First full song and second track “Numbers” is a catchy and driving tune held together by a looping, synthetic plucking guitar melody, perfectly suitable for a drive around the beach on a clear sunny day, an aesthetic Frost* has seemed to master. The catalyst for brilliance here is the vocals, a common occurrence throughout the duration of Falling Satellites. 1:45 boasts some of Jem’s best vocal arrangements to date, showing off his production expertise with a fugue-like puzzle of breathy melodies as part of a chorus variation as he sings “Numbers need numbers feed numbers breed numbers”. Jem has stated that conceptually the album deals with chance and life, and is a celebration of the rare chance that we’re here on this earth, at this period of time, and that we should not take it for granted. This gives the vagueness of phrases like the aforementioned “Numbers” lyrics elasticity to be metaphorical enough to apply to anyone’s life, yet be shaped to fit the album’s general idea, much like Devin Townsend’s lyrical approach. It’s a refreshingly loose angle in the midst of so many heavily intentioned and focused progressive albums that conceptually only exist unto themselves.

“Towerblock” is easily the standout track on the album due to its level of experimentation and complete unconventionality within the scope of the sub-genre. The song contains potentially the first dubstep break in the world of progressive rock, which is so impressively done that it’s a wonder Jem hasn’t broken into the market himself to make a few bucks. In no way does it sound out of place, and only reinforces what may conceptually be symbolic of the demolition of a tower block that was his childhood home, glass shattering and all. The rest of the song is standard Frost* fare, however brilliant, until the end with pops, mutes, and explosions which also suggest direct translation to the subject matter.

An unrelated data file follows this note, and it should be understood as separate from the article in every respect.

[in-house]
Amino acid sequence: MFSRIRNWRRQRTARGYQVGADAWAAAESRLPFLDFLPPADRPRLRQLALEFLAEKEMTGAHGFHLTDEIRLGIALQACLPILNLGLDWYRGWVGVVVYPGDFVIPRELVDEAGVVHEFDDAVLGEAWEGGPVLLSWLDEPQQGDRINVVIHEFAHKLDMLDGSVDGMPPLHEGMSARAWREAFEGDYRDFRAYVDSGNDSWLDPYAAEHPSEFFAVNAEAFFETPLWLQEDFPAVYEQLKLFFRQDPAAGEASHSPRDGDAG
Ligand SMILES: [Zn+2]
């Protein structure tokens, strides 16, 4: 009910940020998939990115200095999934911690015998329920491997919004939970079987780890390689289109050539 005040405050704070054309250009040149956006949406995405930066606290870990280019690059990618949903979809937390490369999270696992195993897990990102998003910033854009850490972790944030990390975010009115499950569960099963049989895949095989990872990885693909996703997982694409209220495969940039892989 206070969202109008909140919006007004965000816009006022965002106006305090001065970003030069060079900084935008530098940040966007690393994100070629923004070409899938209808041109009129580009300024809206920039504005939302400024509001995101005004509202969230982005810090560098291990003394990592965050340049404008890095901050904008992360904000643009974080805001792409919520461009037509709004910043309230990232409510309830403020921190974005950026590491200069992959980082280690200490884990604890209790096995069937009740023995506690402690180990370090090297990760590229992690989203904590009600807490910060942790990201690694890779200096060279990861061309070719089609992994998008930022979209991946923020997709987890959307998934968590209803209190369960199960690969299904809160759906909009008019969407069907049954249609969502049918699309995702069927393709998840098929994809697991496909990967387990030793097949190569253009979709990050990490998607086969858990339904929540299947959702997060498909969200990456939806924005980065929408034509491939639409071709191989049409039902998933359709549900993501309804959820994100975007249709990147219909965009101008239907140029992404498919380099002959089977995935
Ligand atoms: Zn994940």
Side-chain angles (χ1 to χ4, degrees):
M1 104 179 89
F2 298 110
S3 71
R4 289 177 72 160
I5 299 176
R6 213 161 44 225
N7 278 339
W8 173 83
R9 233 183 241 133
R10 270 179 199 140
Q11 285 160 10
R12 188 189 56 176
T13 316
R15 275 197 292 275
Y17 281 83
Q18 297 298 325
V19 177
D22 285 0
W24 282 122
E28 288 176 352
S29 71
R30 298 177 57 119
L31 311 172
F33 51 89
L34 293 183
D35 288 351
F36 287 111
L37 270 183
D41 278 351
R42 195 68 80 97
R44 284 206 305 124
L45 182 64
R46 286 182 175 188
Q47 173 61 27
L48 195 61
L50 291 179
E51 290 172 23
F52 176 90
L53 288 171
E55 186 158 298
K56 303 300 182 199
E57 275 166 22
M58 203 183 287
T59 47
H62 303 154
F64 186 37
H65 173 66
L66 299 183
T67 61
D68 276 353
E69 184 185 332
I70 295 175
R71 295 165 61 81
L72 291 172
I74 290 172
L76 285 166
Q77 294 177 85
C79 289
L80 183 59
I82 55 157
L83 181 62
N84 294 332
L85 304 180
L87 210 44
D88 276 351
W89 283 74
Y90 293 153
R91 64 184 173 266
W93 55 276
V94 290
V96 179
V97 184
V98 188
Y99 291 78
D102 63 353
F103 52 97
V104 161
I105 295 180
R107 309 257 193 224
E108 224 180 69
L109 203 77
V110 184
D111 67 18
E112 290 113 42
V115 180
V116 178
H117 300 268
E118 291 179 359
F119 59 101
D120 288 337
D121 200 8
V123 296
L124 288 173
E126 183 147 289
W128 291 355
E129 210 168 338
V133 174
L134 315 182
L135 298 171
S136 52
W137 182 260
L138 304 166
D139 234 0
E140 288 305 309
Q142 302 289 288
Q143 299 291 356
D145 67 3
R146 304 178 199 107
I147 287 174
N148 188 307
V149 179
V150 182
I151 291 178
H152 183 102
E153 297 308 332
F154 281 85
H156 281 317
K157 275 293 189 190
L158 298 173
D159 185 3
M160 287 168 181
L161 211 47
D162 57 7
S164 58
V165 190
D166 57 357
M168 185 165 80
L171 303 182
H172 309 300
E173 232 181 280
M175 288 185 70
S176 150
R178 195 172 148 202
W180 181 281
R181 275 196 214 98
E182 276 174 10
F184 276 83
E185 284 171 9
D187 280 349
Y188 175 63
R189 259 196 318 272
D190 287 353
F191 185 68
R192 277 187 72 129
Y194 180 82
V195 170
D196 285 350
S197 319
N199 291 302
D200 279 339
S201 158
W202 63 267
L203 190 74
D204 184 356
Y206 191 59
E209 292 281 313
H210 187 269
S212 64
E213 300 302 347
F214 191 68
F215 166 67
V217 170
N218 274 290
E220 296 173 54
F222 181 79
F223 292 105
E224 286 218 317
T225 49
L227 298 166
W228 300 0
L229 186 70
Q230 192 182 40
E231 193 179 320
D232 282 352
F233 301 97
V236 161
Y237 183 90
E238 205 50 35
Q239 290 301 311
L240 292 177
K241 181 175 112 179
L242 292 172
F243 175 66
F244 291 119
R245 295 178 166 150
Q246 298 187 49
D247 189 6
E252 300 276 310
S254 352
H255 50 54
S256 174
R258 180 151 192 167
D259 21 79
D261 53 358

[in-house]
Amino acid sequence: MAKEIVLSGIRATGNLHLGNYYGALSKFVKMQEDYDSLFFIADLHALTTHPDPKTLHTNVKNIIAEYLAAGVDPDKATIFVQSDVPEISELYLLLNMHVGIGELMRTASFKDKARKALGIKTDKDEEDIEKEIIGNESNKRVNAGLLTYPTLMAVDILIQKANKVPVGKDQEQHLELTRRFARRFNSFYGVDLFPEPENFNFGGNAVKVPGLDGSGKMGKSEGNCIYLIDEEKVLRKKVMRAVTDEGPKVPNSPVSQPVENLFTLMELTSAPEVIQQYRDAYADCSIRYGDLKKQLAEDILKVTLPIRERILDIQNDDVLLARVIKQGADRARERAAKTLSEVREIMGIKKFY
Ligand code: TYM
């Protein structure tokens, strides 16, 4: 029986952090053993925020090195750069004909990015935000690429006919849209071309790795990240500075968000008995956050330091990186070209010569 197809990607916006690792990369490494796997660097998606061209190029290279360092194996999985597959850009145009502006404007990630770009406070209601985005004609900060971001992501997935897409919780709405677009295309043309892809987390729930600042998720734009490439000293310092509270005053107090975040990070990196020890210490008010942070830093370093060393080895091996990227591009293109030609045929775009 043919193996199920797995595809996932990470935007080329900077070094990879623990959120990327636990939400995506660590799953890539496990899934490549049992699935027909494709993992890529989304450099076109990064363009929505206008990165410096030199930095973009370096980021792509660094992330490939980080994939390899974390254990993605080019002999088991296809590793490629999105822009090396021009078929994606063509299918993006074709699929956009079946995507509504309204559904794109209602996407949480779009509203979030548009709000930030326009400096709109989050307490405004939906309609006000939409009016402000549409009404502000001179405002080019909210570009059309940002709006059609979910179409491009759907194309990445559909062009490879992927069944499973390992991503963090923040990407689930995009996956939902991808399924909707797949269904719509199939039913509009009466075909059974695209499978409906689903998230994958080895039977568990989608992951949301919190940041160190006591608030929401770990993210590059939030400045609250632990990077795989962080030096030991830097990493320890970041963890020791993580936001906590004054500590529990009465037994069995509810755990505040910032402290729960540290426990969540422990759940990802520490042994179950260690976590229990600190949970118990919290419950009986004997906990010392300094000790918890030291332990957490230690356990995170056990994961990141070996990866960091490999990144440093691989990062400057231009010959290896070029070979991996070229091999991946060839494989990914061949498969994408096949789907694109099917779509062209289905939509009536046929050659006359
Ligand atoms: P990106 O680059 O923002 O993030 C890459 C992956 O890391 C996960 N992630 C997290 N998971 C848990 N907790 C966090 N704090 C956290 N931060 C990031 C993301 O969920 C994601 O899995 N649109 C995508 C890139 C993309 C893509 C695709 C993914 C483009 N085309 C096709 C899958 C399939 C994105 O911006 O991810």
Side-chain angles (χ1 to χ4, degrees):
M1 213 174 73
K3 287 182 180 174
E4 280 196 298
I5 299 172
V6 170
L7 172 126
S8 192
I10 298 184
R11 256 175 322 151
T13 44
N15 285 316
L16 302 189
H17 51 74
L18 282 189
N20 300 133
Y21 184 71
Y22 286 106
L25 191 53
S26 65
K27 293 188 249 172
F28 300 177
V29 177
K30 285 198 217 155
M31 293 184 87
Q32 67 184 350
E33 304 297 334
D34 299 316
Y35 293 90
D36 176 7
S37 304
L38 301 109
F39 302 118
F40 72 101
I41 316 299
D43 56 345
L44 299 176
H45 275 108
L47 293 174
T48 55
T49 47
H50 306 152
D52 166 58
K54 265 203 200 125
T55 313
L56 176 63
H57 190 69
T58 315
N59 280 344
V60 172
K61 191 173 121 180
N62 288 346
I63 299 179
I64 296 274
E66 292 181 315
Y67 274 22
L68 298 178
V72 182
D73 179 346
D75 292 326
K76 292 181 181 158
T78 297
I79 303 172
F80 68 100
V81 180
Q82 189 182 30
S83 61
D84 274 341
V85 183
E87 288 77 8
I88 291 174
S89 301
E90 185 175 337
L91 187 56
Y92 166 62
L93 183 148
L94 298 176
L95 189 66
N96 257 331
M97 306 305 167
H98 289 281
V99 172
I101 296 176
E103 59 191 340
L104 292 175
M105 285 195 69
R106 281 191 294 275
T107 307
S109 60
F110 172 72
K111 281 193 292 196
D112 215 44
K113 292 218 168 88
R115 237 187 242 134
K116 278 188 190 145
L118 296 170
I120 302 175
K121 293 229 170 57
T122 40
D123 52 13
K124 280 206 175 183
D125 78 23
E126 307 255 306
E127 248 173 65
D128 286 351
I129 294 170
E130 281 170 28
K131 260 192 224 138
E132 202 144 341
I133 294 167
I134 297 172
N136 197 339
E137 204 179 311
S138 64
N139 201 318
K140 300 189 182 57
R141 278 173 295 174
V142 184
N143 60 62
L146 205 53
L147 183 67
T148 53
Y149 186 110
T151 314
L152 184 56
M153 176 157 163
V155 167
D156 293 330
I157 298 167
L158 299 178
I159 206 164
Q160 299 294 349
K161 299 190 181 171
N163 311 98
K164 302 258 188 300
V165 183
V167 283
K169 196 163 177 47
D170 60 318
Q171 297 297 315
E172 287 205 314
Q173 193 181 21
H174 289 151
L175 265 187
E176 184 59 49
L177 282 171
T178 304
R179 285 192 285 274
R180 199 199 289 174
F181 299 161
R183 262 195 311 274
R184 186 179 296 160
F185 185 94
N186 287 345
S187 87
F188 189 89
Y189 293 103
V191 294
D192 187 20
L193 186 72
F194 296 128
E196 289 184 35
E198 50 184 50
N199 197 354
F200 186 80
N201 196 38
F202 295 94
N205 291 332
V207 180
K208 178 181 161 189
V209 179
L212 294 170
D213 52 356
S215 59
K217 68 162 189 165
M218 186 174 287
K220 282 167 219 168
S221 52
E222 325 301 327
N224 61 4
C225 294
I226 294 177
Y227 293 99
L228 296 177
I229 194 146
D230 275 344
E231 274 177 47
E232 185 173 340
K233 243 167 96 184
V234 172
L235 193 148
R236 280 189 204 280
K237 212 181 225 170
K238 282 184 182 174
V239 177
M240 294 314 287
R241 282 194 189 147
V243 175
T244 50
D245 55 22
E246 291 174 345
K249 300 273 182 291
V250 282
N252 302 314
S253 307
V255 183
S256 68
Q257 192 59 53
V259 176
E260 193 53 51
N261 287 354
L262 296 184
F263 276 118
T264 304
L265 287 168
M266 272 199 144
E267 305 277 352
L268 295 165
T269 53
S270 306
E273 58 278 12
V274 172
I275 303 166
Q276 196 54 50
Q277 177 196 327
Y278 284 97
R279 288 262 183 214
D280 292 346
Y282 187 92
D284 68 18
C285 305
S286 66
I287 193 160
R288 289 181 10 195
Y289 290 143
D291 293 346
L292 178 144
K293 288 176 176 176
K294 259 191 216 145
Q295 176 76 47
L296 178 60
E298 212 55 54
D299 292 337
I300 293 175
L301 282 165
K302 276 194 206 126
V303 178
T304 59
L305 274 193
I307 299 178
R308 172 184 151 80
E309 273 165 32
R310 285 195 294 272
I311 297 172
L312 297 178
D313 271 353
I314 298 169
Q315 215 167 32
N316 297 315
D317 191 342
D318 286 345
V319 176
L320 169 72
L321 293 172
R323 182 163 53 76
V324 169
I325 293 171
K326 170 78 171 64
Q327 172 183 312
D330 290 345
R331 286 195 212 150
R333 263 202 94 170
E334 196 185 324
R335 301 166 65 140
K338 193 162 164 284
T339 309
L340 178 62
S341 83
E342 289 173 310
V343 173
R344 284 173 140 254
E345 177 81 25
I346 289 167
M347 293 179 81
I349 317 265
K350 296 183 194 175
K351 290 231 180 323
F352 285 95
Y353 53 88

Frost* is very much the brainchild of Godfrey, with long time collaboration from John Mitchell (guitar, vocals). The current inception also features Level 42 bassist Nathan King and Steven Wilson’s drummer Craig Blundell, though it’s not explicitly stated that the two contributed to the writing process. Assuming he sings the songs he writes, Mitchell’s main contribution to Falling Satellites is arguably the heaviest track, “Signs”. Though not a bad song by any means (the riff at 3:14 is a bulldozer), it doesn’t stand up quite as tall as the rest of the batch in the scheme of the album, and seems to be a bit of a departure as the filling sandwiched between the dubstep-laden “Towerblock” and the sparkling pop majesty of “Lights Out”, another risky venture for the band. The band recruited a female vocalist for portions of the song, though no information is available as of yet regarding the identity of this mystery woman. Whoever she is, her voice is gorgeous and airy, and perfectly suitable to the electro-pop ambience of ‘Lights Out’. It’s a truly lush affair, coral blue if it had a color, inciting craving for a separate album awash with the same vibe and dynamic between vocalists.